That sentiment resonates with many Americans who make more than her hourly rate.
For US workers on average, compensation per hour has flatlined relative to inflation since the end of the recession in 2009, according to government data tracked by researchers at the Federal Reserve Bank of Cleveland. That’s a contrast to the upward trend seen after the recessions that ended in 1982, 1991, and 2001.
Wages are a vital barometer of the economy’s health, but other issues related to work register, too. Despite an improving job market, many Americans remain worried about secure employment, or have jobs that don’t provide health benefits or paid time off.
Families that consider themselves middle class are struggling to pay off student debt, save for emergencies, or prepare for retirement. Many worry that their children won’t have the upward mobility that their parents did.
Meanwhile, top earners have generally prospered and pulled ahead.
All this doesn’t mean Americans are about to stage a rebellion against the wealthy elite. But polls by the Pew Research Center suggest a strong public concern about inequality and fairness in the economy.
For Judith Mendez, a $10-an-hour airport worker in Boston, the wage movement is a ray of hope.
“If everyone gets together and works together, I think we can accomplish something,” says Ms. Mendez, a Honduran immigrant who was protesting in Boston on Tuesday.
Her salary was enough to assist her family when her husband was also working in the US. But last year he was deported, and she and their three teenagers were forced to move from an apartment into a $550-per-month rented bedroom.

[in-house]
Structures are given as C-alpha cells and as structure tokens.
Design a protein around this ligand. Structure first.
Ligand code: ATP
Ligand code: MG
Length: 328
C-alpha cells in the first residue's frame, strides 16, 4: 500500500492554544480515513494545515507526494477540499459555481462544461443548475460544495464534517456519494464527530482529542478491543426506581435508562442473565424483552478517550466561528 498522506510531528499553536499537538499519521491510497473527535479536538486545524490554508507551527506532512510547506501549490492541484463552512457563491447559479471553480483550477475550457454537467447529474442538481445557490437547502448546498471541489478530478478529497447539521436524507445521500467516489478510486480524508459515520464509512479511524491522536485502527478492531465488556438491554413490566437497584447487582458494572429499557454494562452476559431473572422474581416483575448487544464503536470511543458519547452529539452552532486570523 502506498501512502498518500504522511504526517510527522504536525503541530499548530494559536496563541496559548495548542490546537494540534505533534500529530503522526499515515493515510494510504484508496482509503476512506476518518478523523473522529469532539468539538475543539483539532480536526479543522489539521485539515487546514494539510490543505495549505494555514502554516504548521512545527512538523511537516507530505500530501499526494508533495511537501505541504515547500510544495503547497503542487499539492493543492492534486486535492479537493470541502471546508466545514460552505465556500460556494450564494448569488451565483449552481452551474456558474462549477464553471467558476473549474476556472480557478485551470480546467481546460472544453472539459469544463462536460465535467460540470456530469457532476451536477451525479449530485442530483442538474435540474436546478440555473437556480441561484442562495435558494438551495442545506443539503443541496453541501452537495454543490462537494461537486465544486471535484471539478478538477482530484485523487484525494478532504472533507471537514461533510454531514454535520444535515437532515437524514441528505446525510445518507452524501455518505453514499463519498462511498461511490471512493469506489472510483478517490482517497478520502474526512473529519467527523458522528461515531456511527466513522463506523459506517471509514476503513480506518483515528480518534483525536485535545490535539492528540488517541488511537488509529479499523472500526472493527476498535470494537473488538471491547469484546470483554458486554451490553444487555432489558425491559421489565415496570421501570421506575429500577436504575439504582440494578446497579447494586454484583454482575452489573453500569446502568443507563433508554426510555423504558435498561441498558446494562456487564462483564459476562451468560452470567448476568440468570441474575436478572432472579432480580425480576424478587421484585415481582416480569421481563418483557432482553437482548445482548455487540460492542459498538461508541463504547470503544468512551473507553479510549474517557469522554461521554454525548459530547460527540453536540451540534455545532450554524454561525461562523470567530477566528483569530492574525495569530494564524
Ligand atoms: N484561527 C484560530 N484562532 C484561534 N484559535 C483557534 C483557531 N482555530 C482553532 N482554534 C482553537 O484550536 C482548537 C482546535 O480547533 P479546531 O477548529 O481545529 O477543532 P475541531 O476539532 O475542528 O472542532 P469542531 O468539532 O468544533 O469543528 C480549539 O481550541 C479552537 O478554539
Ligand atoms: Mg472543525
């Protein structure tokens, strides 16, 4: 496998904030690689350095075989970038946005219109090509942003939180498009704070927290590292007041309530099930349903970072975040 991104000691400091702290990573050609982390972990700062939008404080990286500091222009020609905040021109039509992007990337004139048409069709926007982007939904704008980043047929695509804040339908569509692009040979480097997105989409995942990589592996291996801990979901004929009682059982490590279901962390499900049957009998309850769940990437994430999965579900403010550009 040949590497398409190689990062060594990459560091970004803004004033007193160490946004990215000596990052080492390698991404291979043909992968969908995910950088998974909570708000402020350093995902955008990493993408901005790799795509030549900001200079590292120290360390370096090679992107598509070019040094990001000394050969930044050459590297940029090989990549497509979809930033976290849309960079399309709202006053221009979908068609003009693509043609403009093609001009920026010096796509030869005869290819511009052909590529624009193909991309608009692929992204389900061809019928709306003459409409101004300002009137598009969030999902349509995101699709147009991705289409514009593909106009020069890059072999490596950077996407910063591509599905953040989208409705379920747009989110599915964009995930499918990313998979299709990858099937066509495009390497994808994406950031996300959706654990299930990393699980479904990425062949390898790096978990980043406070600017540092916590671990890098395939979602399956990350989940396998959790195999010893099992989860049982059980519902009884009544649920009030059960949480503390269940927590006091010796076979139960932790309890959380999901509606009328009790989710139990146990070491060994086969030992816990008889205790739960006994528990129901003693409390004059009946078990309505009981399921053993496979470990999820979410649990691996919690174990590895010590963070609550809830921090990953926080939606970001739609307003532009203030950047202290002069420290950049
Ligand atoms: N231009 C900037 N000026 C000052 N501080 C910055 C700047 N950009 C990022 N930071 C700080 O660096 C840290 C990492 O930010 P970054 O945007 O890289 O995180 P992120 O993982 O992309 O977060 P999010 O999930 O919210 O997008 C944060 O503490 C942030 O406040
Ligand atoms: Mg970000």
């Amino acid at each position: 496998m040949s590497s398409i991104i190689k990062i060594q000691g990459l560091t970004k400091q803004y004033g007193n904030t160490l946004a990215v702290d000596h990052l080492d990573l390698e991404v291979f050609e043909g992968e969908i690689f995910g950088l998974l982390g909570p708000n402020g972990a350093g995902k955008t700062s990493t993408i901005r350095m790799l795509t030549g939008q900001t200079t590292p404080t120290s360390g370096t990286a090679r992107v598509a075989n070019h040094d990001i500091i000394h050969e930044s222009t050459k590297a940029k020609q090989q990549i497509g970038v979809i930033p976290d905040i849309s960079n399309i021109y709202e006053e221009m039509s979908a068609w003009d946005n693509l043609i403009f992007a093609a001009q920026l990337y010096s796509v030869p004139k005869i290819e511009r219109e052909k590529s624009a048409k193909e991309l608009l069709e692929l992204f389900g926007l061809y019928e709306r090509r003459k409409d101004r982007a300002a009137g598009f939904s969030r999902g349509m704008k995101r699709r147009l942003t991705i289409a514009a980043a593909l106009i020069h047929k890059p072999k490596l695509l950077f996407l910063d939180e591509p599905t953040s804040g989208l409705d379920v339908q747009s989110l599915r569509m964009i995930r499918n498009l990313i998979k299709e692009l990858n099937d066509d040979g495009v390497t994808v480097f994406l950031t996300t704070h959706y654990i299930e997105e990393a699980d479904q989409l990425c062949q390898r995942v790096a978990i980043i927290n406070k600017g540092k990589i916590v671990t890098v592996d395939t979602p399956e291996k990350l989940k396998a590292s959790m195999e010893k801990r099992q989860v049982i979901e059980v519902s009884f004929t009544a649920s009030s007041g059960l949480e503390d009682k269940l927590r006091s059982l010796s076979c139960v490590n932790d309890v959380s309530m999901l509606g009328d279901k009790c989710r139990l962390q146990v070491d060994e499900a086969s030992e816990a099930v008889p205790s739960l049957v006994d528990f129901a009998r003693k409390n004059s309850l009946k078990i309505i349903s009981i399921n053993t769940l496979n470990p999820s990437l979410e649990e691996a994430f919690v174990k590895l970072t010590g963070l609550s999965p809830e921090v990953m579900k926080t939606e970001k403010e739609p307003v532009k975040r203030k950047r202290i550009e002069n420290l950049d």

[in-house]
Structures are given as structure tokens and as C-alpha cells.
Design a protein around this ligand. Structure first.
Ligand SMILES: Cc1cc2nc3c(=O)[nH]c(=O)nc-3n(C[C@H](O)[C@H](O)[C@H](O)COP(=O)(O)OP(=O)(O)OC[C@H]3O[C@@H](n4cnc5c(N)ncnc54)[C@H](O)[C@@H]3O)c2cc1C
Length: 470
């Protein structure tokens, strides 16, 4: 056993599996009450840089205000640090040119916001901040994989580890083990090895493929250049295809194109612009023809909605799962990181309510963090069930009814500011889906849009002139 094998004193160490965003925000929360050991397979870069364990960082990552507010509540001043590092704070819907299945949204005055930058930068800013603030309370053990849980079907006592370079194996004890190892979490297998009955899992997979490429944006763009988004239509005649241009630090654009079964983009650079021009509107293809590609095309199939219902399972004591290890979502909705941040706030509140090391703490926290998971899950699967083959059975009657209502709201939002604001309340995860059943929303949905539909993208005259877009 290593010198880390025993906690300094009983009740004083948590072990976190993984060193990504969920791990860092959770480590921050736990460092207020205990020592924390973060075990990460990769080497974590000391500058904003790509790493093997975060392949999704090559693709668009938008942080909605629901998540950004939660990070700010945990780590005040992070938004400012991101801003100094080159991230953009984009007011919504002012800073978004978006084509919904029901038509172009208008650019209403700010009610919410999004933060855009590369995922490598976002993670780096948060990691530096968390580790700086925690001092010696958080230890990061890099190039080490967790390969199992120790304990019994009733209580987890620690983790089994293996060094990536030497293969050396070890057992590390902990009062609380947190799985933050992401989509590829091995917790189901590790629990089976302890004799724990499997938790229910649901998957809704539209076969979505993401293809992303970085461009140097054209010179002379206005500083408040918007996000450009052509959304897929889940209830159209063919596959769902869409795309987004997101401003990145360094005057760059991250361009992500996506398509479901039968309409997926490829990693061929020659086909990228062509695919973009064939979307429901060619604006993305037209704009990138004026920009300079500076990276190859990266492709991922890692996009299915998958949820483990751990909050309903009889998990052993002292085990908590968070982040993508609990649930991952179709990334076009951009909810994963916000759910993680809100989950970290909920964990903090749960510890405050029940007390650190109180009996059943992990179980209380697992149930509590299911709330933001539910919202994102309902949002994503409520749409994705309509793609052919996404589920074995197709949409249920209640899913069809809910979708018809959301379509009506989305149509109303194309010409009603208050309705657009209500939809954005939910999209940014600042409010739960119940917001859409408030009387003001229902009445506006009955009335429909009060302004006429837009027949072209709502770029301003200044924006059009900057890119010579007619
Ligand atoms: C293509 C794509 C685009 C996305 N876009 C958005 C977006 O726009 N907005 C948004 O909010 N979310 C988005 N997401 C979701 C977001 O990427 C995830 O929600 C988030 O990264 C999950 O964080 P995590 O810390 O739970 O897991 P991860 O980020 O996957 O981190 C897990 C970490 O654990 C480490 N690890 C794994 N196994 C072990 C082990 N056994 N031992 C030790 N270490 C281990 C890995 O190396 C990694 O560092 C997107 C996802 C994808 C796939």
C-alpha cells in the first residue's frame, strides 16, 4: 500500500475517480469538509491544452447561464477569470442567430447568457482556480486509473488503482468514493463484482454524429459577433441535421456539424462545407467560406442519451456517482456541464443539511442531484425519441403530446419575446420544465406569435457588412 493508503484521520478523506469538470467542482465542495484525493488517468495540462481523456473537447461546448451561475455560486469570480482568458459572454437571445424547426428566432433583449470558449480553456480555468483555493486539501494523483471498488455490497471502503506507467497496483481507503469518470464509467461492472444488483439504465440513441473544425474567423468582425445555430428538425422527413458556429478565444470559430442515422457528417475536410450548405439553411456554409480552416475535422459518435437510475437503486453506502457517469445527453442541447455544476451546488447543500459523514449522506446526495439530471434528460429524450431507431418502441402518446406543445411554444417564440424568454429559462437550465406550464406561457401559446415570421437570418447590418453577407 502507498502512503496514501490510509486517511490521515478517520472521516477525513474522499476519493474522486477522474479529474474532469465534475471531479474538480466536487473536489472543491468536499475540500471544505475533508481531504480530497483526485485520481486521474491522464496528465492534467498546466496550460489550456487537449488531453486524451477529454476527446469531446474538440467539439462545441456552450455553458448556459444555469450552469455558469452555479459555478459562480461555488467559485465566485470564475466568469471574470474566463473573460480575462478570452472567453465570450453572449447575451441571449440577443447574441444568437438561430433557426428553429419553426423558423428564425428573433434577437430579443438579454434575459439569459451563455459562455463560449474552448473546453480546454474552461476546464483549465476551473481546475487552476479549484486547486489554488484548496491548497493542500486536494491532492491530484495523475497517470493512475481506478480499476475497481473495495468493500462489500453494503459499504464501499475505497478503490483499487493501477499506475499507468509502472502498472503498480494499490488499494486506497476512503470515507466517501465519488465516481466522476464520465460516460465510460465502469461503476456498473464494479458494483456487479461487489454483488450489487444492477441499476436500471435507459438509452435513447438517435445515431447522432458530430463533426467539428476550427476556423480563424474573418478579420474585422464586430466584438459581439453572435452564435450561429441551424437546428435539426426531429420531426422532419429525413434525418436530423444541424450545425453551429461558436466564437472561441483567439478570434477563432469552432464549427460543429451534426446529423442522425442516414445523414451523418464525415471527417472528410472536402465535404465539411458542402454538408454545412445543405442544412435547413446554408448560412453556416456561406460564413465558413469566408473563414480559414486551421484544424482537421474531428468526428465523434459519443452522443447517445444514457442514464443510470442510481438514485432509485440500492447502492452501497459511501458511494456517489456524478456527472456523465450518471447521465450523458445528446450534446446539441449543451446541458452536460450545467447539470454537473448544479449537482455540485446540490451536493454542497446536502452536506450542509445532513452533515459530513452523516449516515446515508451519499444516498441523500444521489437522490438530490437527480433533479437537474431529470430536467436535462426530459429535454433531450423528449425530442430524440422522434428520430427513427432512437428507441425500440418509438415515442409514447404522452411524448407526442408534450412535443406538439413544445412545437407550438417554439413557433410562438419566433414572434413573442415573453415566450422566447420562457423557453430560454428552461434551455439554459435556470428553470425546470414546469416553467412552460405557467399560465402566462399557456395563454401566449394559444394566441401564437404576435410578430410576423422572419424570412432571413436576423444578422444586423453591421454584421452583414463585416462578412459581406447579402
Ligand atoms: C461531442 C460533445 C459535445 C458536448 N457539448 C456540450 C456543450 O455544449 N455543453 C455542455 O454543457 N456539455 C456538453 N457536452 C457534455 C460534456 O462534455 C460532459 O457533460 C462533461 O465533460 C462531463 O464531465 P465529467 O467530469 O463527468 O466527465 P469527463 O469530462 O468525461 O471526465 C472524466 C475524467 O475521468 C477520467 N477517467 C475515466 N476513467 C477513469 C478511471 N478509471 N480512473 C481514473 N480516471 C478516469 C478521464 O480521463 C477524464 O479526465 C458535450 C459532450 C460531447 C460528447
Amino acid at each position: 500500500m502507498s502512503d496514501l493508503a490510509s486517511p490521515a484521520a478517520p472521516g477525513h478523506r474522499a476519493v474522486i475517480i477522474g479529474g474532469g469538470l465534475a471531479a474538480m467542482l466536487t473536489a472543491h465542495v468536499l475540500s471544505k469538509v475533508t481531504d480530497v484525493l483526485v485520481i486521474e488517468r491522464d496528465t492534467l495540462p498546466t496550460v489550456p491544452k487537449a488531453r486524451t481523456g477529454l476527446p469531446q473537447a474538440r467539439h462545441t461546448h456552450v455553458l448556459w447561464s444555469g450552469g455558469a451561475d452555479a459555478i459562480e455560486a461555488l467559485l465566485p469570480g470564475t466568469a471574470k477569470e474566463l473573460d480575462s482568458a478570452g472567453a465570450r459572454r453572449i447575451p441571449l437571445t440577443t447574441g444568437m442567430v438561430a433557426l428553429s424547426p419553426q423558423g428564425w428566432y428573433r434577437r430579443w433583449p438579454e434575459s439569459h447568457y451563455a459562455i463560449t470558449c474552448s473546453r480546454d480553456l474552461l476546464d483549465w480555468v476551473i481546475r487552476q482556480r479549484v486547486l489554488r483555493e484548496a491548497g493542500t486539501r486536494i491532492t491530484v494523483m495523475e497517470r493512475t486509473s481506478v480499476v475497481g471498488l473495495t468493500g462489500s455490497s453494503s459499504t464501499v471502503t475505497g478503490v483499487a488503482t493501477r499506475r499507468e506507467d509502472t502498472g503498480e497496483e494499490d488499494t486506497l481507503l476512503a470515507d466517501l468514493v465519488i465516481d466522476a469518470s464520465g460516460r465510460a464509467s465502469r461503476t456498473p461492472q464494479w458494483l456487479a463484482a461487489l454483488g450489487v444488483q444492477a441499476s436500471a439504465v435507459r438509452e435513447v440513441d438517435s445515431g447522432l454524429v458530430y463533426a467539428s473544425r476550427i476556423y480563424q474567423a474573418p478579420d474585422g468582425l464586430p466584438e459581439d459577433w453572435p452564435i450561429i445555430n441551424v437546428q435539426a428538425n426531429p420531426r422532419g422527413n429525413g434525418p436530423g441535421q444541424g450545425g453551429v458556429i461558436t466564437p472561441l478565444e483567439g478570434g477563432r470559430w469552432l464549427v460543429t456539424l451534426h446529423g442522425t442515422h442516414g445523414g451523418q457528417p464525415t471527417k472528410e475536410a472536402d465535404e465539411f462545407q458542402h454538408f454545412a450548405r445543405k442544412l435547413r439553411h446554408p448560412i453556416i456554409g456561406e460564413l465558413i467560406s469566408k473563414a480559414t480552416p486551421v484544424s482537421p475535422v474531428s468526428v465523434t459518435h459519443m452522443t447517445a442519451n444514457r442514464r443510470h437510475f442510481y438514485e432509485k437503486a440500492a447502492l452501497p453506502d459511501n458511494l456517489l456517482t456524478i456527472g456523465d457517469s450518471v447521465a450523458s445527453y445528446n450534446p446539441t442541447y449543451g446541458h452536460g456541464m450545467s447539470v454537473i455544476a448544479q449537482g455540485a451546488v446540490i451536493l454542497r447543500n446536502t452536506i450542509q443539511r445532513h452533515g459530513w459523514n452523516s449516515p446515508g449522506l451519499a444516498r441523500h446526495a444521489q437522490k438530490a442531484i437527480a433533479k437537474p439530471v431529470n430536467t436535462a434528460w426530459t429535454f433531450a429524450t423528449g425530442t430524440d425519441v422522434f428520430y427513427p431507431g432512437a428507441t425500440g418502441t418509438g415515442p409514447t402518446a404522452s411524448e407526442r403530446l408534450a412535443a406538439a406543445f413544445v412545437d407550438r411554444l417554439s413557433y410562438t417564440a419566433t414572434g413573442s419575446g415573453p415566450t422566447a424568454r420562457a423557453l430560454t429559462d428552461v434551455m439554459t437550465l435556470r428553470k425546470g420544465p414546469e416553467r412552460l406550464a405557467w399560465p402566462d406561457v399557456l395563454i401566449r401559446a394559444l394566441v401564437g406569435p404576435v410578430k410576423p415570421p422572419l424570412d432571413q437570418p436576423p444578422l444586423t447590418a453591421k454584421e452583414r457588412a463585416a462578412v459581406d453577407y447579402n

A curtain separates one section of the small room so her son can have some privacy, she says in an interview conducted in Spanish.
“Sometimes my children ask me when we can move out of here and into a regular apartment, and I just have to say, ‘We can’t, baby,’ ” Mendez says.
In “real” terms (inflation-adjusted), the federal minimum wage of $7.25 an hour is well below its 1968 peak – when its purchasing power equaled about $10.79 an hour today.
The federal minimum has also often been lower than $7.25 in real terms, so today’s level is not a low point.
Thanks in part to the push from labor, many states and cities have enacted their own higher minimums.
Still, a sign of stress for working families is that many rely on food stamps or other public assistance to help cover basic costs.
Michael Thompson of Washington, D.C., is a home health-care worker who has not gotten the $14.95-an-hour pay he says he was initially promised. He’s helped by $60 a month in SNAP funds for food, even as he scrambles to cover $1,435 per month in apartment rent (shared with a roommate) and $9 a day for transportation to and from work.
“If I’m worried about how I’m going to eat, how can I take care of a client?” asks Mr. Thompson, who was preparing to march on Wednesday when he was interviewed by phone.
“What the $15 would do is it would bring just the top of my head to the surface, it would bring me there. Right now I’m underwater,” he says.